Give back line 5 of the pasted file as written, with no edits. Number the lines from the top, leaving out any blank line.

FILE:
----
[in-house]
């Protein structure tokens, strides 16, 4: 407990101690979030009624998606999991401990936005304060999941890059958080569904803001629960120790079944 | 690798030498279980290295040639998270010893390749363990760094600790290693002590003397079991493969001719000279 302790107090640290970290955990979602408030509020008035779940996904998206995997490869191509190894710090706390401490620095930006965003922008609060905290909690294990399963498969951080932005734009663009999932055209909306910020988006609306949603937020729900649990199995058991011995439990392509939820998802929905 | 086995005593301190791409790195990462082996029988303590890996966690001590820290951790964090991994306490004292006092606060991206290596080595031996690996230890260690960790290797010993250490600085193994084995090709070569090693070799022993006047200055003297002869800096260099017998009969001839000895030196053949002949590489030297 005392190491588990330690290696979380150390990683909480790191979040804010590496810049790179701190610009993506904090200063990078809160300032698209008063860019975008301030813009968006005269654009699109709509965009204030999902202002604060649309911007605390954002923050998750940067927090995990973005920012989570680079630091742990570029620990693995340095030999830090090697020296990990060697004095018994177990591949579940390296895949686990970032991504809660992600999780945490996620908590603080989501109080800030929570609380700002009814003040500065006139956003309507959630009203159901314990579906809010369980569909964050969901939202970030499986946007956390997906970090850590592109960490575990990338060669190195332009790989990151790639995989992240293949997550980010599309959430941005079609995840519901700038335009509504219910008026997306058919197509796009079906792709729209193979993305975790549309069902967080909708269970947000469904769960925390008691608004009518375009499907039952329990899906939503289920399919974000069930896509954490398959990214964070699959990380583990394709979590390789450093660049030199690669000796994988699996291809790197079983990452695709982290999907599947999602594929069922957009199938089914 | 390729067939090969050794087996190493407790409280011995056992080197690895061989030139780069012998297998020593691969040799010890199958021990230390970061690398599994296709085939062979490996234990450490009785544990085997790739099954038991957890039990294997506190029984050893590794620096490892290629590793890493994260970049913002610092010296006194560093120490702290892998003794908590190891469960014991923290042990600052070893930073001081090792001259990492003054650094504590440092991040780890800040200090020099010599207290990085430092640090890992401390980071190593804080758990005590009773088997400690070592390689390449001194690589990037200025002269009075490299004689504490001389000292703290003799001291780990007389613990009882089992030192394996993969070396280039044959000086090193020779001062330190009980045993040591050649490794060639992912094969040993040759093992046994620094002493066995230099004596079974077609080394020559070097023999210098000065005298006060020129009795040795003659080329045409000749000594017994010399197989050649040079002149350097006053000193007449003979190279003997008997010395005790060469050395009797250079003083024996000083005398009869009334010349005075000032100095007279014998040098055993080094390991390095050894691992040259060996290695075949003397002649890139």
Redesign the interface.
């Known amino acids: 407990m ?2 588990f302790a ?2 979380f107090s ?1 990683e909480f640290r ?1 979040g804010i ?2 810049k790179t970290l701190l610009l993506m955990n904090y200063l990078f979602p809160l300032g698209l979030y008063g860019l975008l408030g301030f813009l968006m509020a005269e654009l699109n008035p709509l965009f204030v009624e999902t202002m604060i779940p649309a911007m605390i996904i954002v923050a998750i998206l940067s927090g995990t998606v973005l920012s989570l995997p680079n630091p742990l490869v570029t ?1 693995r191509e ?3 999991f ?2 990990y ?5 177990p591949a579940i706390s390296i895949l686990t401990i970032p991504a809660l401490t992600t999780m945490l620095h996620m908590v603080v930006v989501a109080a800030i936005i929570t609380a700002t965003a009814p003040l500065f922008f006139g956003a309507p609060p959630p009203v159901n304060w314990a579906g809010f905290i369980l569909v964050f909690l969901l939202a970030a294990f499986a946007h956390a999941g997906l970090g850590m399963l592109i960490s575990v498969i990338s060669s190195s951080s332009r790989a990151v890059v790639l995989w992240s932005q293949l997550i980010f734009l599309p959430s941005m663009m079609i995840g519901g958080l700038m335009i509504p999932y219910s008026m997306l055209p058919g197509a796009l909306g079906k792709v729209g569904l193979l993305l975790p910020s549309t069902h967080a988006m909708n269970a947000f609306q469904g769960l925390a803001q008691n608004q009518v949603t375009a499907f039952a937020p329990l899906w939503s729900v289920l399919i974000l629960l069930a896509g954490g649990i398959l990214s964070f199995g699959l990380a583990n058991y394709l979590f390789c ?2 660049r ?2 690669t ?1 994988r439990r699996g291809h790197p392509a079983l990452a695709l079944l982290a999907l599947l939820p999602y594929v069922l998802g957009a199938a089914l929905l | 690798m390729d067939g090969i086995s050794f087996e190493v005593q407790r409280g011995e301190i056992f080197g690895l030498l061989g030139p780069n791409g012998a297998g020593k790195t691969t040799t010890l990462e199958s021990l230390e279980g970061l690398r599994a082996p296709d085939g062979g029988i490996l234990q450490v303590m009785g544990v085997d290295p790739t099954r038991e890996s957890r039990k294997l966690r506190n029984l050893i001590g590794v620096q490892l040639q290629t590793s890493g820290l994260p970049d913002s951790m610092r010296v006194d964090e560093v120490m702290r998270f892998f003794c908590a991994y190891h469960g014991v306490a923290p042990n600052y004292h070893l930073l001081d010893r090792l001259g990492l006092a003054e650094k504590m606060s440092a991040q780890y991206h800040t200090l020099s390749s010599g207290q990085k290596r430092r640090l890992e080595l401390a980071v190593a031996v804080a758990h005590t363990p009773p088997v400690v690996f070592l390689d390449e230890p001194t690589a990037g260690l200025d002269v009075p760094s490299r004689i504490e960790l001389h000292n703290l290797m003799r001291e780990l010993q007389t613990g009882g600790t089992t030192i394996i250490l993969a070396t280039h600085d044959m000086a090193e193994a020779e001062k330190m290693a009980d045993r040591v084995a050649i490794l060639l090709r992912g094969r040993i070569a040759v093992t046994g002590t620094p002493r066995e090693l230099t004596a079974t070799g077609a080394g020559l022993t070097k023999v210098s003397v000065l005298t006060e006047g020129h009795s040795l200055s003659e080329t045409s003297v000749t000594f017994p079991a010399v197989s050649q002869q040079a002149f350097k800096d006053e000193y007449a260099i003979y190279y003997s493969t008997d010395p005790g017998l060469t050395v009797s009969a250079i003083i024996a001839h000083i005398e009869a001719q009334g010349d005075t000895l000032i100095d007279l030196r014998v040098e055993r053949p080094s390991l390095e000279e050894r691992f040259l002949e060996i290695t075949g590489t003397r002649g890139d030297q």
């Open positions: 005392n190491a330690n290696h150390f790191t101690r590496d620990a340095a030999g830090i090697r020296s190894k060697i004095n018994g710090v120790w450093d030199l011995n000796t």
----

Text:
């Open positions: 005392n190491a330690n290696h150390f790191t101690r590496d620990a340095a030999g830090i090697r020296s190894k060697i004095n018994g710090v120790w450093d030199l011995n000796t």